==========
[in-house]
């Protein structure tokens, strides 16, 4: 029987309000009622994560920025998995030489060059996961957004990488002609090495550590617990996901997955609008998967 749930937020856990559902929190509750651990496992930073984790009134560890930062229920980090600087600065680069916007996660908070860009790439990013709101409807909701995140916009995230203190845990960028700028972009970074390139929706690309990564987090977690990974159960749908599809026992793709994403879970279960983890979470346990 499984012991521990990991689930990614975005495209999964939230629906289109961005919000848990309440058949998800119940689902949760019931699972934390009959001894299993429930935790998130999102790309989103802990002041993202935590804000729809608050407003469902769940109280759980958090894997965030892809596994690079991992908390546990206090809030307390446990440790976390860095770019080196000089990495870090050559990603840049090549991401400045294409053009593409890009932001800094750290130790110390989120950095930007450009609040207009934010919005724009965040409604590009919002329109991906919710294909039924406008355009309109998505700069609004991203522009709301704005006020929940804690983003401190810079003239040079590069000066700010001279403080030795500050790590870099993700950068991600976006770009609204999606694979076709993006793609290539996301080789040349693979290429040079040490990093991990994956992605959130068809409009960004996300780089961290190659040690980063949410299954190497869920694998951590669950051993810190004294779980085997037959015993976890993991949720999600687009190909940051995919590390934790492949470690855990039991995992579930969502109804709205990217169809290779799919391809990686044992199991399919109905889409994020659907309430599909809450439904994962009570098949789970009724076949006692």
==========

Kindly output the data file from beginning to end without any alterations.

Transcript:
[in-house]
């Protein structure tokens, strides 16, 4: 029987309000009622994560920025998995030489060059996961957004990488002609090495550590617990996901997955609008998967 749930937020856990559902929190509750651990496992930073984790009134560890930062229920980090600087600065680069916007996660908070860009790439990013709101409807909701995140916009995230203190845990960028700028972009970074390139929706690309990564987090977690990974159960749908599809026992793709994403879970279960983890979470346990 499984012991521990990991689930990614975005495209999964939230629906289109961005919000848990309440058949998800119940689902949760019931699972934390009959001894299993429930935790998130999102790309989103802990002041993202935590804000729809608050407003469902769940109280759980958090894997965030892809596994690079991992908390546990206090809030307390446990440790976390860095770019080196000089990495870090050559990603840049090549991401400045294409053009593409890009932001800094750290130790110390989120950095930007450009609040207009934010919005724009965040409604590009919002329109991906919710294909039924406008355009309109998505700069609004991203522009709301704005006020929940804690983003401190810079003239040079590069000066700010001279403080030795500050790590870099993700950068991600976006770009609204999606694979076709993006793609290539996301080789040349693979290429040079040490990093991990994956992605959130068809409009960004996300780089961290190659040690980063949410299954190497869920694998951590669950051993810190004294779980085997037959015993976890993991949720999600687009190909940051995919590390934790492949470690855990039991995992579930969502109804709205990217169809290779799919391809990686044992199991399919109905889409994020659907309430599909809450439904994962009570098949789970009724076949006692």